Back in July I published a post about Austrian demographer Wolfgang Lutz’s hypothesis that those countries which sustain total fertility rates below 1.5 for any length of time may have fallen into a self-reinforcing low-fertility trap. Old Rottenhat (Ray to his friends) argued in comments that I had explained the reasons for the existence of low fertility but that I had not justified the idea that this was a ‘trap’. Old Rottenhat was right, and taking advantage of the fact that Lutz himself has now given a fuller outline of the hypothesis at the recent Postponement of Childbearing in Europe Conference (see presentation) I will now try and remedy this lacuna.
Earlier this morning I read this intriguing paper by US researchers Robert Drago & Amy Varner. The title of the paper is “Fertility and Work in the United States: A Policy Perspective” and it addresses the important issues of gender equality and the historical trend towards declining fertility in the United States. Now while I was thinking of how to write a post on this general topic I wandered over to Brad Delong’s blog and found he had this highly relevant post entitled MenarchÃ© vs Monarchy.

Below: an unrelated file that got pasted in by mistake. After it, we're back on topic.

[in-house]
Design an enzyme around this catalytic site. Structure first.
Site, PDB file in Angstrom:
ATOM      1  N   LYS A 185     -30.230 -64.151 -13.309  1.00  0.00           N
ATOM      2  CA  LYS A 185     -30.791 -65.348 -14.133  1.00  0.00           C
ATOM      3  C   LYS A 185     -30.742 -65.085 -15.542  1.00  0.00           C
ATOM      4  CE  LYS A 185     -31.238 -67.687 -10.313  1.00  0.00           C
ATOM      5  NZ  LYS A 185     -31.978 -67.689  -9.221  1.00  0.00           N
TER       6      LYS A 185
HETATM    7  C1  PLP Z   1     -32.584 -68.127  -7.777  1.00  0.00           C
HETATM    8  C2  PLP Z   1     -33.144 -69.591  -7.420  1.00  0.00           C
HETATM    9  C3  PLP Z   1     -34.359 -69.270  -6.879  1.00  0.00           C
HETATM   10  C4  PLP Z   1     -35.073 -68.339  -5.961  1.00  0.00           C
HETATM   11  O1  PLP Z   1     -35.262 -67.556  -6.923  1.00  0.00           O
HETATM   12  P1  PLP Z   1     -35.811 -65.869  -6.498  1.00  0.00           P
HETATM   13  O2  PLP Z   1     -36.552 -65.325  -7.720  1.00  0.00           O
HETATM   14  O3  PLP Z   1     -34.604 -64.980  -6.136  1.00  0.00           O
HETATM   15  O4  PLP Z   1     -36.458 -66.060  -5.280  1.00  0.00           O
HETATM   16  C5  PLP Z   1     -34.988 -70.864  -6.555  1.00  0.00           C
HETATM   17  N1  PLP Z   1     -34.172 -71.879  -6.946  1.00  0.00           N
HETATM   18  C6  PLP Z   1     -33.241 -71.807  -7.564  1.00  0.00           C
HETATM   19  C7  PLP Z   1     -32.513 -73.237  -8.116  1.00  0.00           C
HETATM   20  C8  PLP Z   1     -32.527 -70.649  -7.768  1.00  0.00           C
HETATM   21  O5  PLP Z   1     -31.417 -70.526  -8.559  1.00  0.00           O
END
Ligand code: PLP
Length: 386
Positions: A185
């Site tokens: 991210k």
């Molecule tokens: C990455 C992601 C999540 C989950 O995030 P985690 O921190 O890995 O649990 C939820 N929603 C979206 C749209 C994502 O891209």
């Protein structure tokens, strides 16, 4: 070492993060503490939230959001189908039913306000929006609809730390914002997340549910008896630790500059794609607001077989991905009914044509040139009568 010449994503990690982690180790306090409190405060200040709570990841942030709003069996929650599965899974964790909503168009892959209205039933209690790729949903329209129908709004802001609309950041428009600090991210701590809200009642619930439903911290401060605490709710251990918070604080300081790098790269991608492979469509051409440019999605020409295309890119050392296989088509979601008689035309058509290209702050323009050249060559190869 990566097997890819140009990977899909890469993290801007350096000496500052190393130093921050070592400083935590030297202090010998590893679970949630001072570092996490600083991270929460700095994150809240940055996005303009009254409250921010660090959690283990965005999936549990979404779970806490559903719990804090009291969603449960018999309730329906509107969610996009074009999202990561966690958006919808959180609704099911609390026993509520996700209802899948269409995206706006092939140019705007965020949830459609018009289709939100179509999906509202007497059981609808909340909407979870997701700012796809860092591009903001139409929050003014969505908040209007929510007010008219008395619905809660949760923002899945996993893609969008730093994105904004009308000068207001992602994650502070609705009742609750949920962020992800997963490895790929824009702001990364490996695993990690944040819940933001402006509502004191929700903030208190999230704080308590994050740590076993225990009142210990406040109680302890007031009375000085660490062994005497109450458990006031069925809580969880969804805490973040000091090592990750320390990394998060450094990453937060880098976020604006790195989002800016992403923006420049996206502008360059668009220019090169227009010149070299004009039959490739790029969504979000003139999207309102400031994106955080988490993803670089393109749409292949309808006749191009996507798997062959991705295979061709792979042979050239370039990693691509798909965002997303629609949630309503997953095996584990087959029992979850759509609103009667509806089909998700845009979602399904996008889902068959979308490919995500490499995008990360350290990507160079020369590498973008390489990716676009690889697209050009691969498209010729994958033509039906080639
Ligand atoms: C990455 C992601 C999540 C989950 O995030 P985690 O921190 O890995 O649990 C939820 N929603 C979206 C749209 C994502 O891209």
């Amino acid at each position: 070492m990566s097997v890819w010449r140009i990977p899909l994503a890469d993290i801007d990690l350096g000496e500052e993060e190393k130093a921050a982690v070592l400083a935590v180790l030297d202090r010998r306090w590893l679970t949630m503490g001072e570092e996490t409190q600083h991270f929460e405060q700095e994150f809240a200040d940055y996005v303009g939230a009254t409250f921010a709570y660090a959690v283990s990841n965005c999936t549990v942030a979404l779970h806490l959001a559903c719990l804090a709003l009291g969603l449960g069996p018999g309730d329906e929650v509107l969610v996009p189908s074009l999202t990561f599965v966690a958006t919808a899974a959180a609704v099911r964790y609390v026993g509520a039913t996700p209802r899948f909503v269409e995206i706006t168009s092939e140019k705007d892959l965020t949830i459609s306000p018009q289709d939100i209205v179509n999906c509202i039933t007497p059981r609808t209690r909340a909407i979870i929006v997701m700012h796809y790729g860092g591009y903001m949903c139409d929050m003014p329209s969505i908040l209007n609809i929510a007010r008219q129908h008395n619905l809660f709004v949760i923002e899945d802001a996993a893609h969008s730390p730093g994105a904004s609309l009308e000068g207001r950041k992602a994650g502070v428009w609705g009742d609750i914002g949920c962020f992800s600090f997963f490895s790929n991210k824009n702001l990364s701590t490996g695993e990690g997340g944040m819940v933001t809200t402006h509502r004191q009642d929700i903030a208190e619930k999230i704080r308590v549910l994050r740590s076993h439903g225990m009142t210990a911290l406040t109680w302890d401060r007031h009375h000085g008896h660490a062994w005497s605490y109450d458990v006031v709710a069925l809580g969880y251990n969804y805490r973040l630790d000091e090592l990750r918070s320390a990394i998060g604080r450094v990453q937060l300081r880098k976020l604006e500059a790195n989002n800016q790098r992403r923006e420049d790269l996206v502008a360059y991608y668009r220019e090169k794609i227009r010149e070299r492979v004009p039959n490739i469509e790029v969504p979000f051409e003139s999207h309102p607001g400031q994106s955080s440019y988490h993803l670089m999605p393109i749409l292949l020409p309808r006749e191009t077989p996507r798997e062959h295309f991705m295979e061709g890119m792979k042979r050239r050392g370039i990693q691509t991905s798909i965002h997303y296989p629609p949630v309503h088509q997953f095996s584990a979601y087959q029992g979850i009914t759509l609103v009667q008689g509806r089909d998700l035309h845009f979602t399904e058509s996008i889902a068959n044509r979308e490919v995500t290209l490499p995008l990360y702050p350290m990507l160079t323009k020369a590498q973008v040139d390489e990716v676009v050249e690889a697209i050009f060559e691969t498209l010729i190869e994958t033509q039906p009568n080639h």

OK, what’s this all about.
I suppose by-now every right thinking and reasonably well read adult knows what the ‘poverty-trap’ is, even if most of us aren’t too clear about what there is to do about it. Being stuck in one of these traps could be thought to be like being stuck in a (not necessarily very deep) well with a slimy surround wall. The more you struggle to get out, the harder it gets: your strength disippates, and the walls get to be even more slippery. This could also be called a negative feedback loop.
Well now there is the suggestion that something similar may exist in the world of fertility. As Wolfgang Lutz suggests in this power point presentation, the critical level may be 1.5. No society which has fallen below this level has -to date – returned above it. (Many thanks here to commenter CapTvK who sent me the link).
This spring, the German newspaper whose web site isn?t quite as bad as another?s began publishing a series of 50 Great Novels from the Twentieth Century. It?s an admirable project in many ways — not least a cover price of EUR 4.90 per hardback. Thirty-seven books have been published so far, and I?ve now read about half of the whole list. Which is as good a point as any for taking stock.
I haven?t quite read 25 of the 50, but let?s face it, with Deutschstunde (German Hour, Siegfried Lenz, no. 28) clocking in at nearly 800 pages, and hefty volumes such as Jorge Semprun?s What a Beautiful Sunday! (Was f?r einen sch?nen Sonntag, no. 17) and Juan C. Onetti?s The Short Life (Das kurze Leben, no. 11), it?s going to be quite a while before I manage all of them.